Around the world billions of people watched the Olympic Games last month. In this article I am going to explore the technology that is used in order to get the live action, be it aquatics, basket ball or shooting, from the event, onto our TV screens.
Live TV is a little different to recorded television. With recorded television, it has often been carefully chopped up and edited before it hits our screens. With live TV, the luxury of being able to remove mistakes isn’t there, as too much a delay would mean events were actually not live. There are a few seconds of delay between real events and what you see on your TV screen, like their is with radio, however this isn’t enough time for any extensive editing.
So imagine we are watching the men’s Olympic 100 metres final. Usain Bolt lines up along with two other Jamaicans, three Americans, a Trinidadian man and a Dutch man. The starters pistol blows and then what?
Well there is a lot more video broadcast equipment involved than you might think!
The first part of the chain is the cameras. These capture all the events first hand. At an event like the Olympics, there will usually be tens, and sometimes hundreds of cameras, and a good broadcaster will always try to keep them out of shot of each other – so you don’t get a camera panning to a shot which features another camera in it!
The camera may be free standing, or it could be on a dolly or a jib. A camera dolly is effectively a track that the camera sits on, so that it is able to move smoothly to capture moving action. A jib is a device which has a camera on one end and a counterweight on the other. A jib allows a camera to be moved freely around an area. When you see a swooping style shot on television, that will usually have been achieved by a jib.
The camera will have various different wires coming out of it which will ultimately lead to a monitor. Behind the monitor will be a director who decides how and where the camera is to move to get the best shot.
The Mixing Desk
The camera will then link into a mixing desk, which in a live event like the Olympics will usually be in a really big, extremely technical looking van. Inside the van will have a number of operators choosing which of the hundreds of buttons to press, and which shot should be used – don’t forget there will be loads!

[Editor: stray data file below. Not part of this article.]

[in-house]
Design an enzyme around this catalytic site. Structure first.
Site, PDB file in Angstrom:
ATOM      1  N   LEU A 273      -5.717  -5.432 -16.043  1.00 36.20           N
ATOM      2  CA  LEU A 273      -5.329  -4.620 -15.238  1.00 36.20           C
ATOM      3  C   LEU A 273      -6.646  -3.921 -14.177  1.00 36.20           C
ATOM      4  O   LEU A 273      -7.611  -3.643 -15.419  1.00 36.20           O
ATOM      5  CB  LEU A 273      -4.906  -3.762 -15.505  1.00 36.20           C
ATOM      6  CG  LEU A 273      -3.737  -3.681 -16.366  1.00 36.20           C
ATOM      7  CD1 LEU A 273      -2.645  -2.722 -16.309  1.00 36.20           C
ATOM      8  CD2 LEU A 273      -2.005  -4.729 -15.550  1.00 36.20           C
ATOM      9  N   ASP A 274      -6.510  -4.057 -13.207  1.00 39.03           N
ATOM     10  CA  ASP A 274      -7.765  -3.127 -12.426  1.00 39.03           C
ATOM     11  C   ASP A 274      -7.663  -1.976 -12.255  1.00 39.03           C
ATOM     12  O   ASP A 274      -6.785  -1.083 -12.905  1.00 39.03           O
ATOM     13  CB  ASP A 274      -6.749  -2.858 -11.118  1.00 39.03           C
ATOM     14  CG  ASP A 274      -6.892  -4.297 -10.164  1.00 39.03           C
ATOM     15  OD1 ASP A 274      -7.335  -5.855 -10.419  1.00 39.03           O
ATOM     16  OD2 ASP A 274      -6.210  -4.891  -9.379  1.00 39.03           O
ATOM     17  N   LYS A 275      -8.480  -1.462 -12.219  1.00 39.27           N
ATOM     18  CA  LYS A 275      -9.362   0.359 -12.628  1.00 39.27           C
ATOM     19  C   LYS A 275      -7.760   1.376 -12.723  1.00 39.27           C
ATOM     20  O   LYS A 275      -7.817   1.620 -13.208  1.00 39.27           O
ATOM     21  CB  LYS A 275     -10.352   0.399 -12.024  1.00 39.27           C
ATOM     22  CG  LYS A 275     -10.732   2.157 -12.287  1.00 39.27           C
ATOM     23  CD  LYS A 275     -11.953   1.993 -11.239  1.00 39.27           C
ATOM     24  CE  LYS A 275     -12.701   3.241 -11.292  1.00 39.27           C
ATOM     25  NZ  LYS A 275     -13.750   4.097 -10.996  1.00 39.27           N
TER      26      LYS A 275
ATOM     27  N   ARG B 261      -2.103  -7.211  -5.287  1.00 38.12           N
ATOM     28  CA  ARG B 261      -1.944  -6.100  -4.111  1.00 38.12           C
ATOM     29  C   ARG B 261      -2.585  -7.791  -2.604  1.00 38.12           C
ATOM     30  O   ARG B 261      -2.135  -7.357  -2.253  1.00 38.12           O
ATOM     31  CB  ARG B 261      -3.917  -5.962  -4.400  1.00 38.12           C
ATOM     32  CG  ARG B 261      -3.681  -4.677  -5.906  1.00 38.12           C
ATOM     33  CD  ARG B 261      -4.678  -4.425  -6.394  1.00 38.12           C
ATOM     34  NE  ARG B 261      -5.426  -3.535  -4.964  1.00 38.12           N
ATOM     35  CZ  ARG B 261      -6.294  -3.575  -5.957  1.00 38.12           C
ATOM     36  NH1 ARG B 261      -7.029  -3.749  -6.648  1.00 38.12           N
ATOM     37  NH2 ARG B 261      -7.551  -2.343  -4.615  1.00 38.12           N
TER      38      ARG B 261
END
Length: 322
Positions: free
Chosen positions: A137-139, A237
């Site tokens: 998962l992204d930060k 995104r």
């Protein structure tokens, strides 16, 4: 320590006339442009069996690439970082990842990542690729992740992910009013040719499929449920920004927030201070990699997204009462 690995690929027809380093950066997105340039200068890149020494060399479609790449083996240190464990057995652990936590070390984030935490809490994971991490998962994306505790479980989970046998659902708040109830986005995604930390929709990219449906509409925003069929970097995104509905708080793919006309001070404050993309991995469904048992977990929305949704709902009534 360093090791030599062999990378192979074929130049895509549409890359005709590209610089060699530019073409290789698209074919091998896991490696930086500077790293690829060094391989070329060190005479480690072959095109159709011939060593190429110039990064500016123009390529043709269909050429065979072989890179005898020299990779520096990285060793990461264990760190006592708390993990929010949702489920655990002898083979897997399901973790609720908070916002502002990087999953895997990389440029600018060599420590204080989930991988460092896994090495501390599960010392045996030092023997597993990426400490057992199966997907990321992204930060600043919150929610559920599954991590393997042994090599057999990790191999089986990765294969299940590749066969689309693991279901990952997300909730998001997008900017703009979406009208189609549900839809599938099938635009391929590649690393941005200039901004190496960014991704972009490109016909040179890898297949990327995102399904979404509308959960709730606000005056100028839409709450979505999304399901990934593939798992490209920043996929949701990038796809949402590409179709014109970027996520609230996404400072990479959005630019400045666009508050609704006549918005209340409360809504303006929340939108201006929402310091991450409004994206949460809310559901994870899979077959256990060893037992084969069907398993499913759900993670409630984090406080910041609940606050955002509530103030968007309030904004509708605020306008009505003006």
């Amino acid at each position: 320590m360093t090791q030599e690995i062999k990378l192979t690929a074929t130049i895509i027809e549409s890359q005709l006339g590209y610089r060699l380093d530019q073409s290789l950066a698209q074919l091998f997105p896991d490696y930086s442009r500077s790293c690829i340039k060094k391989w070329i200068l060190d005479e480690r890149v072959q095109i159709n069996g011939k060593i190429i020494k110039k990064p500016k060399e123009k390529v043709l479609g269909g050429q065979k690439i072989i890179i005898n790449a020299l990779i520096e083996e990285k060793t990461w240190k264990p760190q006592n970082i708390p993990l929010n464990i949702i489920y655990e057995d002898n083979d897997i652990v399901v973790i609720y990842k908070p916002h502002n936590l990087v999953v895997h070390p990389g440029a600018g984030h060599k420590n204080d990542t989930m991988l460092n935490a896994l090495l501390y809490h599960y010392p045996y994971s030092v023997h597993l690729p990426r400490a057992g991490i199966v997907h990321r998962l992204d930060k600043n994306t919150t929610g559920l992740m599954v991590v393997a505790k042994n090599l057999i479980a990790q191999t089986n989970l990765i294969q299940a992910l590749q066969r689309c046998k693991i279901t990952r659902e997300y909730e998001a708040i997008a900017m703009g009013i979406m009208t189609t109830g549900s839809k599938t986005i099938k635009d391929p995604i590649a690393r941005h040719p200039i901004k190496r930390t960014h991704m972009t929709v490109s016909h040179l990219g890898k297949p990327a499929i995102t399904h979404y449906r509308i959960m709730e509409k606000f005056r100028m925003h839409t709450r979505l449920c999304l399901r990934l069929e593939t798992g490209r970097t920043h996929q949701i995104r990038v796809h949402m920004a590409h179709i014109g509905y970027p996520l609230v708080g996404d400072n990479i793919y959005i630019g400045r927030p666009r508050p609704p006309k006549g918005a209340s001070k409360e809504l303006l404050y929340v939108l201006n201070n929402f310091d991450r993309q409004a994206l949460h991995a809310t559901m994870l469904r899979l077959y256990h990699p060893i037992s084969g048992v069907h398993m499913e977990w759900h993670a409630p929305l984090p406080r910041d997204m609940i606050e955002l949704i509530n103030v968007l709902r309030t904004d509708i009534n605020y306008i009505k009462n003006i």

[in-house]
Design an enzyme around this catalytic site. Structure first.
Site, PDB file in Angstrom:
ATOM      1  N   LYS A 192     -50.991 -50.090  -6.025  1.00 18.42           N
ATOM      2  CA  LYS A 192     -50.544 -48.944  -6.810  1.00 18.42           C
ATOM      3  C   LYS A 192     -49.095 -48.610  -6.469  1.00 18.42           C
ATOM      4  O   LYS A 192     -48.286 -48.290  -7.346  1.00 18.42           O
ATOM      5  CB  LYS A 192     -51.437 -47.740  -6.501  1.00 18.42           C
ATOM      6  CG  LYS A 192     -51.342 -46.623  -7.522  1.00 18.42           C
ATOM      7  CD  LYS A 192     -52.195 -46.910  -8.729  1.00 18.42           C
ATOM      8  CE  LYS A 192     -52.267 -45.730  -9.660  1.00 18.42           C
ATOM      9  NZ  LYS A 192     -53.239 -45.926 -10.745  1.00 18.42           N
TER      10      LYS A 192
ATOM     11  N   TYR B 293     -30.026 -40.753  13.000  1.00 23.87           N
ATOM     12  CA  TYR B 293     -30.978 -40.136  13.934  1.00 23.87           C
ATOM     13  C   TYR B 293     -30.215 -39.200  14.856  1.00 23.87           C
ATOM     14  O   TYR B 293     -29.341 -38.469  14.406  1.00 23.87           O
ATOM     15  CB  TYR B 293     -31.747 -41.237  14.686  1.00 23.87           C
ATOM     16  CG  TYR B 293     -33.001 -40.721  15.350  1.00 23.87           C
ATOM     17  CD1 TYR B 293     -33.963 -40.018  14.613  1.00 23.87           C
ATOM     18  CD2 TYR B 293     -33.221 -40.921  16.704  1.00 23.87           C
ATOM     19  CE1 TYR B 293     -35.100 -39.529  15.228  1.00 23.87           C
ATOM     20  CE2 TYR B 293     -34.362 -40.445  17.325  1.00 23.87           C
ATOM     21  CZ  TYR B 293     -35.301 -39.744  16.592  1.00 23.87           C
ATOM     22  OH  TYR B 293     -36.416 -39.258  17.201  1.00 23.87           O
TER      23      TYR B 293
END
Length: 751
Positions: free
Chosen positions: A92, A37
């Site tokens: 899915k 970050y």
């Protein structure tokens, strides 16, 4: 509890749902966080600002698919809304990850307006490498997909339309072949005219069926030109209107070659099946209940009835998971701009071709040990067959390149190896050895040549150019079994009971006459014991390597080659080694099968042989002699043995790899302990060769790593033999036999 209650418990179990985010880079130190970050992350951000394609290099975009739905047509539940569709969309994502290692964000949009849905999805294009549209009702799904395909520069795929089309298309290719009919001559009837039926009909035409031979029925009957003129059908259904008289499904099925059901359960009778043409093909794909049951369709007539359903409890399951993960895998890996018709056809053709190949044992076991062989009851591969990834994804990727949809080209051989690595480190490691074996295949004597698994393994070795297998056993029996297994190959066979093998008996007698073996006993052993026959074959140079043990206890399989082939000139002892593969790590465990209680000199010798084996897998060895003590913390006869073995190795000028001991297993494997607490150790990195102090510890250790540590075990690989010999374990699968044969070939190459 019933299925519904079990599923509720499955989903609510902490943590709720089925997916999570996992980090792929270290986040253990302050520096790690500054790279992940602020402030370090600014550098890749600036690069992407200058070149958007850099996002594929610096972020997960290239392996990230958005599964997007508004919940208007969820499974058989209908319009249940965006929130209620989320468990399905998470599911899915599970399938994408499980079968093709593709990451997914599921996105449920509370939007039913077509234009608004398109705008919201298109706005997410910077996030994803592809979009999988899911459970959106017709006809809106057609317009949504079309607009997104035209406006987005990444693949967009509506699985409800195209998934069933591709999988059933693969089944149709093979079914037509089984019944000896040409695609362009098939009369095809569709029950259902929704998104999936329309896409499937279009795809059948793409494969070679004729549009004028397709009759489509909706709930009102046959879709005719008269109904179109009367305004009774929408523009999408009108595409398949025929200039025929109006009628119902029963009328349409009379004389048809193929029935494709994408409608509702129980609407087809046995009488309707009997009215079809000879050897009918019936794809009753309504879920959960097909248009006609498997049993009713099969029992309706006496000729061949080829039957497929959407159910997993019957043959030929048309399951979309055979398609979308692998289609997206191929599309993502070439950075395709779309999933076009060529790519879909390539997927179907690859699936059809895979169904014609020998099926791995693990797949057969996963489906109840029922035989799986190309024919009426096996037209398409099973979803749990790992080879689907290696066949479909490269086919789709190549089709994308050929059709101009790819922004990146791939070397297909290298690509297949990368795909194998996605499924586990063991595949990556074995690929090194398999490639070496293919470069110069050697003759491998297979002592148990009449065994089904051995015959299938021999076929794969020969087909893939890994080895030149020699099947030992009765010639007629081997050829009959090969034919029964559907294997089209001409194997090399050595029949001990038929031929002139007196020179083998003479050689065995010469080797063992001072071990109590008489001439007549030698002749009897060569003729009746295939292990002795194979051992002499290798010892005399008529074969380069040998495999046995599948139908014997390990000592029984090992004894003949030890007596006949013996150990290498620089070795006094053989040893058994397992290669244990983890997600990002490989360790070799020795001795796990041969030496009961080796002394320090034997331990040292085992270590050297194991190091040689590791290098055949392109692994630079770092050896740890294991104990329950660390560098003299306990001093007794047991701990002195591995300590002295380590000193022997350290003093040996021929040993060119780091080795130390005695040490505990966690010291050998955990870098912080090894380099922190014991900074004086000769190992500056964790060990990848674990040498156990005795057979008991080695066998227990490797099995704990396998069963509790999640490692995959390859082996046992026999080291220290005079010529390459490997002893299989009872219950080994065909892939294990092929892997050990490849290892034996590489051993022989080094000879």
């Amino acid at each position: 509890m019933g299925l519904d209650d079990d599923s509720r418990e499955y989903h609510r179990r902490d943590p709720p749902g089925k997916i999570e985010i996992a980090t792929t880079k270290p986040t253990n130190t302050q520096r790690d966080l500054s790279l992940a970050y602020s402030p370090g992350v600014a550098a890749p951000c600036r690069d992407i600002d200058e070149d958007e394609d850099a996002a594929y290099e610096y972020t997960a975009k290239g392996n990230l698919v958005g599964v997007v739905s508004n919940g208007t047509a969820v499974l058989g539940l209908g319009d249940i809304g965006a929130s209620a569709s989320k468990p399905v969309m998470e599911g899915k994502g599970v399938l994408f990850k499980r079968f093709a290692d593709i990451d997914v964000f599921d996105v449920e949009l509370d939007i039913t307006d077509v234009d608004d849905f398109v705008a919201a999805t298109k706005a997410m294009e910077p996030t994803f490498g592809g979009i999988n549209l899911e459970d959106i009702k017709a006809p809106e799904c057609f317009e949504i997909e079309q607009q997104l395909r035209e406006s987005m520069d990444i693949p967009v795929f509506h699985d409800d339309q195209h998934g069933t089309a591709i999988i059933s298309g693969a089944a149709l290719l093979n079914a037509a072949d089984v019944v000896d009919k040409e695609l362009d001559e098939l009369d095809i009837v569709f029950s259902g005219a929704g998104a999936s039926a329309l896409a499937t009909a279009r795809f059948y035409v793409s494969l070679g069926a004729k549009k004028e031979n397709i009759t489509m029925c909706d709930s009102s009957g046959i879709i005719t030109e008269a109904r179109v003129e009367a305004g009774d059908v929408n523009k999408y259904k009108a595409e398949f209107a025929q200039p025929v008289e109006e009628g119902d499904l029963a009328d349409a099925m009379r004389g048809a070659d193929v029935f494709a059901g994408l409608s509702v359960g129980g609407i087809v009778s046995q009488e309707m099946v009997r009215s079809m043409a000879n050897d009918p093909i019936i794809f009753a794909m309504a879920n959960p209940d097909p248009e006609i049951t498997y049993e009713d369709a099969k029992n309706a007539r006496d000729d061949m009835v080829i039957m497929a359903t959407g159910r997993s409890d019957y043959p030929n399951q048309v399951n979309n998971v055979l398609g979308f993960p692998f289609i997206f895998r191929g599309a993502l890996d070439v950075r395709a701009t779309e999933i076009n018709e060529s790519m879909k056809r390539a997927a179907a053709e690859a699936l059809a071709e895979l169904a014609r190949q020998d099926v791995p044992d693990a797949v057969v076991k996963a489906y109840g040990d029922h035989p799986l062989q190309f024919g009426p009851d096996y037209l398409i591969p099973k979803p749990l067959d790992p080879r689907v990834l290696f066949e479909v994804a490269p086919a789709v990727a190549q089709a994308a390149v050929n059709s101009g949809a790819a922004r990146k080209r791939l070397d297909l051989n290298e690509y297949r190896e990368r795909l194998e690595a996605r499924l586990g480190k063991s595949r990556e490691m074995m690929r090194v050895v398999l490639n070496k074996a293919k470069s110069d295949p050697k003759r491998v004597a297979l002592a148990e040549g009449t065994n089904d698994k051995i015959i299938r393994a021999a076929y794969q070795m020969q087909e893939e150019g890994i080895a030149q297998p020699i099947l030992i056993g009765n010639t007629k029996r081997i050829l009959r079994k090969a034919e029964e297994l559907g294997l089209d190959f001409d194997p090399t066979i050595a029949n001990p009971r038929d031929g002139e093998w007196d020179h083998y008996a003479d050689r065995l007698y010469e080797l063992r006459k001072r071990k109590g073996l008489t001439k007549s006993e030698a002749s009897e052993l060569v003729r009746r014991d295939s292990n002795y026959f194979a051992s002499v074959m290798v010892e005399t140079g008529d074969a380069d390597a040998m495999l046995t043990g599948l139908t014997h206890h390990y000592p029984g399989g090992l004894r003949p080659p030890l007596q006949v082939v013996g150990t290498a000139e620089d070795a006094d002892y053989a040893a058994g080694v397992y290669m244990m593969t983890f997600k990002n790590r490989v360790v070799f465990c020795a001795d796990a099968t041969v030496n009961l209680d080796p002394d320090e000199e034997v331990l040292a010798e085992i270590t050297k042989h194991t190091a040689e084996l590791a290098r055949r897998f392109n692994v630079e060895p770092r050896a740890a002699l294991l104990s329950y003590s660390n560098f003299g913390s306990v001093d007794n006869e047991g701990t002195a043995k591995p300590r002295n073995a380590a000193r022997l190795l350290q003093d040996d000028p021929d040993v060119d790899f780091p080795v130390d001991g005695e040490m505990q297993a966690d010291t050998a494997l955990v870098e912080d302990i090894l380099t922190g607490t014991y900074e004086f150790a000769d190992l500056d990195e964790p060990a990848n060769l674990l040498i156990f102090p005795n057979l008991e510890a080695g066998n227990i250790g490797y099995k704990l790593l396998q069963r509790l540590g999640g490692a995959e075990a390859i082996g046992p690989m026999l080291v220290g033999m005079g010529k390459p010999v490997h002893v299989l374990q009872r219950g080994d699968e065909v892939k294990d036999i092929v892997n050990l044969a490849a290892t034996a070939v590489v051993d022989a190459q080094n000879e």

This van will control the stream of visual and audio footage that is send to TV sets across the area, country and possible the world. Sometimes the format of the stream may have to be changed. To do this a digital media streamer is usually used. To see an example of what a digital media streamer looks like, have a look at the Sencore website – under the Signal Sources tab.
Once the finalised stream is ready, a great big satellite dish on top of the van (the one with the mixing equipment inside) will transmit the stream to a satellite high up above the earth.
The satellite then sends the signal to all the local masts where the stream will be broadcast from. These masts are usually called television masts and are often really tall thin metal structures with a flashing red light on top – to warn passing aircraft.
The television masts are transmitting the signal far and wide, and your areal on your roof will pick up this signal. It will then pass down the wires in your house and after an exchange box reach your TV, where thanks to either LEDs, plasma, or some other means, you will see Bolt steam to victory!
If you have a satellite dish the process is slightly different as you receive the feed directly from the satellite. Also if you have a portable aerial, you bypass all the wires in your house.
So, that is how a live event reaches your TV screen, and it does all of that in less that 30 seconds. Pretty amazing don’t you think?